Dr. Messerli: We have to give the committee some credit, though. When you look strictly at the evidence, we do not have good evidence that the blood pressure should be lowered to that extent. Nevertheless, we have solid evidence that blood pressure should be below 160 mm Hg. There is no question about that. That has been shown in the SHEP study,[7] the HYVET study,[8] and the Syst-Eur study.[9] There is rock-solid evidence for this, but how low we should go, and the age limit for when we can ease up a bit, has not been well documented. The Europeans say more than 80 years.

Dr. Watson: The Canadians say the same, and it makes sense because as you get older, several things happen. There is a much higher incidence of orthostatic hypotension. As we get older, our systolic blood pressure keeps going up, but after about age 55, our diastolic pressure starts going down. If the diastolic pressure is too low, it starts to compromise coronary perfusion. Many times when you are trying to drive down that systolic blood pressure in an elderly patient, you dramatically drive down the diastolic pressure as well. There is reason to believe that once the physiology is different, we should aim for looser goals, but that shift probably does not take place as early as age 60.

Dr. Messerli: There is absolutely no question. As you pointed out, there is a J-shaped curve, and if there is a J-shaped curve, it is much more pronounced for diastolic pressure and coronary perfusion than for stroke. For stroke you probably can go down to 120 mm Hg and still reduce the risk somewhat, but not for coronary heart disease. That is a very important issue here.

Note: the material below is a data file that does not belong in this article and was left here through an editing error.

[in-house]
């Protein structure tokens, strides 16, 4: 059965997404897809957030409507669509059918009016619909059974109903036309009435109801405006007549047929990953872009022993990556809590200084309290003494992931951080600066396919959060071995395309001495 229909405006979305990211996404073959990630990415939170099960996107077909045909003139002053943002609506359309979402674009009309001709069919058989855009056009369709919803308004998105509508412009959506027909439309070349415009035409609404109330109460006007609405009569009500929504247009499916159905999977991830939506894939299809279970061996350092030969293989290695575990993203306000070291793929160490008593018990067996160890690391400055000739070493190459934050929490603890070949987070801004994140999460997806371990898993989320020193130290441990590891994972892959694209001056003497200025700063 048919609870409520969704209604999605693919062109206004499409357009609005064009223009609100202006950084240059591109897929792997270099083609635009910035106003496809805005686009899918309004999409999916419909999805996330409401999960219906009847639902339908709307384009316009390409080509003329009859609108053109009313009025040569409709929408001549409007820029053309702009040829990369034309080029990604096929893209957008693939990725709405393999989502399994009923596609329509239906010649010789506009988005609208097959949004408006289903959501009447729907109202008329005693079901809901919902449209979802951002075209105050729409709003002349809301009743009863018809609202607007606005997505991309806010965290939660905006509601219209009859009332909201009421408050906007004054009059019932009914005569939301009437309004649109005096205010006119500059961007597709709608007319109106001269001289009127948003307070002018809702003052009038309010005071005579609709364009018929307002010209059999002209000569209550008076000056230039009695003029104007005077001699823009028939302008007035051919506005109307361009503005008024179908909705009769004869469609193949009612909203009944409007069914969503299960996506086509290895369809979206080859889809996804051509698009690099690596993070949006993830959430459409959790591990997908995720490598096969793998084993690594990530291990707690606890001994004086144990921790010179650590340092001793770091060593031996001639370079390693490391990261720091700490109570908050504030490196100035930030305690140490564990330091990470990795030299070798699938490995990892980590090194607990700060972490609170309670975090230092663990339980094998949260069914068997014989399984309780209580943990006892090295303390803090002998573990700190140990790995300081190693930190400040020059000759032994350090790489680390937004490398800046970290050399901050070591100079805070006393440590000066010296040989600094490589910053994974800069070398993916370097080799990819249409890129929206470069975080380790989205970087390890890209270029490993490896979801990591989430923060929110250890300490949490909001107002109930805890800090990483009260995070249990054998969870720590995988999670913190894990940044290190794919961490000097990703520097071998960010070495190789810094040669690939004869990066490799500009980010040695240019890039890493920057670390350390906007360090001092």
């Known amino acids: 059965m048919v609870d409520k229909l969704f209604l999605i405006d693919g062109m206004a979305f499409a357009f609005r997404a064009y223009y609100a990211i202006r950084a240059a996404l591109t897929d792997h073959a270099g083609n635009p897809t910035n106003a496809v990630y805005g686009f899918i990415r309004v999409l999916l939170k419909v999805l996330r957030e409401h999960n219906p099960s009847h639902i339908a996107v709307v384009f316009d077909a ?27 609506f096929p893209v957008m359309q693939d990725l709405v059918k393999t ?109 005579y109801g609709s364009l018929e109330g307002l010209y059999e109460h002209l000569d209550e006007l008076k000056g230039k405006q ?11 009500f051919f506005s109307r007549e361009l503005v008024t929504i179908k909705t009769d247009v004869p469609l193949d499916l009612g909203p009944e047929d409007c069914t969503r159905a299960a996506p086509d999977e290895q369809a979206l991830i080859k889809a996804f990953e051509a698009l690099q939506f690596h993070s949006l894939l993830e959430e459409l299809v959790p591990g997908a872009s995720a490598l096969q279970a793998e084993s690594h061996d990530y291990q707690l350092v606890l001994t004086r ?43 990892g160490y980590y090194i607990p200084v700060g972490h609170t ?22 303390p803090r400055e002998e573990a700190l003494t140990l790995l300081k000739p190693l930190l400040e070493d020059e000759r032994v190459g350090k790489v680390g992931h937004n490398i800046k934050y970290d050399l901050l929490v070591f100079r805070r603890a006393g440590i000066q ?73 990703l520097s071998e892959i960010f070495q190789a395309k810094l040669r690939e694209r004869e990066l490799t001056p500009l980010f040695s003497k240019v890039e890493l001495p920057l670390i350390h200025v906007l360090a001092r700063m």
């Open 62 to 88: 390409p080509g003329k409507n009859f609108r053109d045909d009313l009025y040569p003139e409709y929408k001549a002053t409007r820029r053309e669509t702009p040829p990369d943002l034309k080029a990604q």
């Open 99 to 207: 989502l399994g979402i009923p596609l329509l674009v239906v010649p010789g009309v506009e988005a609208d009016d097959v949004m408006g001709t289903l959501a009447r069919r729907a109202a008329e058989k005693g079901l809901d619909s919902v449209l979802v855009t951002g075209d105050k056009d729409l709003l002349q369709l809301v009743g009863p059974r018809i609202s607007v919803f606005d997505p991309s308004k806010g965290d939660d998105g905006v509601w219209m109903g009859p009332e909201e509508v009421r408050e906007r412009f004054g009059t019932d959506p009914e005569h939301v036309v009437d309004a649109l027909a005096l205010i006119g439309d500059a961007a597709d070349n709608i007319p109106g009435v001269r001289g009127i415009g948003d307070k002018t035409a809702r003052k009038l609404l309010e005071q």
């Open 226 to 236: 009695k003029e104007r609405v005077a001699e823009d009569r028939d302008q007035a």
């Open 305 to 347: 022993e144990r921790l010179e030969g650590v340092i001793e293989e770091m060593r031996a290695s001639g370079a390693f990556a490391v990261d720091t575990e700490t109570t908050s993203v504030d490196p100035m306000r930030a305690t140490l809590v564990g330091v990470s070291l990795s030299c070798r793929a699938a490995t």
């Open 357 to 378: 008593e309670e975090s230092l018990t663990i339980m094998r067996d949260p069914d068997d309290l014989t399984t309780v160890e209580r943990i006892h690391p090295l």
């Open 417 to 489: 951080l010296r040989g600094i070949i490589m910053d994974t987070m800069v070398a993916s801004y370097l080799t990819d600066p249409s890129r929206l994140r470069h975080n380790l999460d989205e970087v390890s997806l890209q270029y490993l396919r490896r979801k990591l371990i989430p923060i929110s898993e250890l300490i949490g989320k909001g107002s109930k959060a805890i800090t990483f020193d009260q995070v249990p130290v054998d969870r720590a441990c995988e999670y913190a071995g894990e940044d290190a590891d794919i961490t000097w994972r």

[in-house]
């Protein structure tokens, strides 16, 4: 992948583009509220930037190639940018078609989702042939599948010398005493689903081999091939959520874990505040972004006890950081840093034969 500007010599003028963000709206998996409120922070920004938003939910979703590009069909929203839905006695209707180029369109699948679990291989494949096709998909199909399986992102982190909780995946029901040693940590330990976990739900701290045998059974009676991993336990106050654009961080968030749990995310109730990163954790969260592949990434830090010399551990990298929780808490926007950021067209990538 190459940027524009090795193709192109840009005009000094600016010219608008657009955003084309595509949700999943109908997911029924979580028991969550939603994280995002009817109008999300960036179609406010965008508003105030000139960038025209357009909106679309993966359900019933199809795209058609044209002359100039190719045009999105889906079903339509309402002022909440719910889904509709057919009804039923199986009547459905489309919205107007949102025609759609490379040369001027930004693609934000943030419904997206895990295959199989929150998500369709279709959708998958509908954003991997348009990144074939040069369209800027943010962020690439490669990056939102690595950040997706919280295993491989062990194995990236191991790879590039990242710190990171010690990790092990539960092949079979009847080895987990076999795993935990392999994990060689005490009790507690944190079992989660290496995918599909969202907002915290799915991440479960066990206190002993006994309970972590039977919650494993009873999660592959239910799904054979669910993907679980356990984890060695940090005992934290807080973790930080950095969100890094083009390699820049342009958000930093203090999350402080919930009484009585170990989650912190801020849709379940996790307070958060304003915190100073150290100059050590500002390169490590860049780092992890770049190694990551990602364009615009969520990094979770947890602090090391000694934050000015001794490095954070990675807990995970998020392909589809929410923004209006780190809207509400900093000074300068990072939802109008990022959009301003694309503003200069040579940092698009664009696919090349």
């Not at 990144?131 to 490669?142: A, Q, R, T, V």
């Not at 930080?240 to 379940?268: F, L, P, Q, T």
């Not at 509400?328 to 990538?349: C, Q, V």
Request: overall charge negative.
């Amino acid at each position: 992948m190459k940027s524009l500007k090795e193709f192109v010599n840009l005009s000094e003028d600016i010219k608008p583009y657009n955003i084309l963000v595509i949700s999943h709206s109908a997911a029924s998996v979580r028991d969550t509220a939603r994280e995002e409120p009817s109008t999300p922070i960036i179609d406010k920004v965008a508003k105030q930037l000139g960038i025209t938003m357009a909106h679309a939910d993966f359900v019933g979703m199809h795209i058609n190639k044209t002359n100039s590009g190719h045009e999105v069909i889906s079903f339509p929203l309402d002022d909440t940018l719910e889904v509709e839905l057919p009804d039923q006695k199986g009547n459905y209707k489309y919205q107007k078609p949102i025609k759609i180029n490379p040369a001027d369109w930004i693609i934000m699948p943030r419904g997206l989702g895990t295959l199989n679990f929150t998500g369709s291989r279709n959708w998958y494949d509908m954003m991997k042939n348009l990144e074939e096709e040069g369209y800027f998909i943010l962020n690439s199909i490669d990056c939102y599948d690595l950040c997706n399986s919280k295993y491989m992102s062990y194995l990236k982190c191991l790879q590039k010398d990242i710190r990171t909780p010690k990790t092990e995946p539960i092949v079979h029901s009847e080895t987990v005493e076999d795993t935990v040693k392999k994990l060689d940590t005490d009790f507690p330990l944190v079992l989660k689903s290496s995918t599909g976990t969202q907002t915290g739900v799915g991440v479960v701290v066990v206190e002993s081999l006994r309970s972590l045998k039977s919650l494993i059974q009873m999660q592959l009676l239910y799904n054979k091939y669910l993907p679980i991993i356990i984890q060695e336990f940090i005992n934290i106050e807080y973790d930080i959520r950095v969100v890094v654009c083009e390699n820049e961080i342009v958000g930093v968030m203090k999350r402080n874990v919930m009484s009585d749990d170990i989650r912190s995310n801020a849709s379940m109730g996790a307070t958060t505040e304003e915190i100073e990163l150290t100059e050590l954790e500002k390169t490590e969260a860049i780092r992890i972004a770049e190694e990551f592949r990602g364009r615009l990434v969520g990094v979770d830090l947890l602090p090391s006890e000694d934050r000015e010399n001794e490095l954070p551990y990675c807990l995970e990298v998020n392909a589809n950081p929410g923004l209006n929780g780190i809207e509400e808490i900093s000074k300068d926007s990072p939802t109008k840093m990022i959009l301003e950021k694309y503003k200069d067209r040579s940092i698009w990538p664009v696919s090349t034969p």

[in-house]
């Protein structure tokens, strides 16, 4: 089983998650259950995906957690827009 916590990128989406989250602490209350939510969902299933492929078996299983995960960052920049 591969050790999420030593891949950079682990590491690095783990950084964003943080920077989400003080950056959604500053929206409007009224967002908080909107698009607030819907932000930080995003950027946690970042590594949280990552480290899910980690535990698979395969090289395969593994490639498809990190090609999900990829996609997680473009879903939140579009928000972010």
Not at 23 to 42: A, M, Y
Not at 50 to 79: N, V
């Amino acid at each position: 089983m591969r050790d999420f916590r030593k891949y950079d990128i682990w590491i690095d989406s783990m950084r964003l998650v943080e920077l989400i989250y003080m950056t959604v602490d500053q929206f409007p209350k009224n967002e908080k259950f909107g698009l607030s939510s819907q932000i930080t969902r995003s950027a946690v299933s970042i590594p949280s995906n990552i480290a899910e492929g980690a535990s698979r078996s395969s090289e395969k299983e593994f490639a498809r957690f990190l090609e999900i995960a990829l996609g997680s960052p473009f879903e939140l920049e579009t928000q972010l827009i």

Dr. Watson: Exactly.

Dr. Messerli: The European Guidelines still promote the use of beta-blockers as first line therapy in all patients with hypertension. You can use an angiotensin receptor blocker (ARB), an angiotensin-converting enzyme (ACE) inhibitor, a calcium antagonist, a diuretic, or a beta-blocker as the first step. What do you think, Karol?

Dr. Watson: That was taken out of the British guidelines a while ago. Now it is no longer listed in the current American guidelines as a first step. There are some reasons for that -- some you may agree with and some you may not. The fact that the new guidelines have broadened our choice of initial antihypertensive therapy makes a lot of sense. They still endorse the use of beta-blockers as second- or third-line therapy if you need it, but they have not put them in the category of initial antihypertensive choices.

Dr. Messerli: That makes sense. Having said this, you want to consider patients who have ischemic heart disease, in whom you may use a beta-blocker. If such a patient has hypertension, then you could consider a beta-blocker as initial therapy, although I think we should not do a "2-for-1." You should treat ischemic heart disease on one hand and hypertension on the other, with drugs that have been shown to reduce morbidity and mortality for each condition.

Dr. Watson: We agree on the morbidity and mortality reduction.

The Demise of Dual RAAS Blockade?

Dr. Messerli: That is a very important issue. One thing that was in fashion over the past few years was dual renin-angiotensin-aldosterone system (RAAS) blockade. What do you think about that?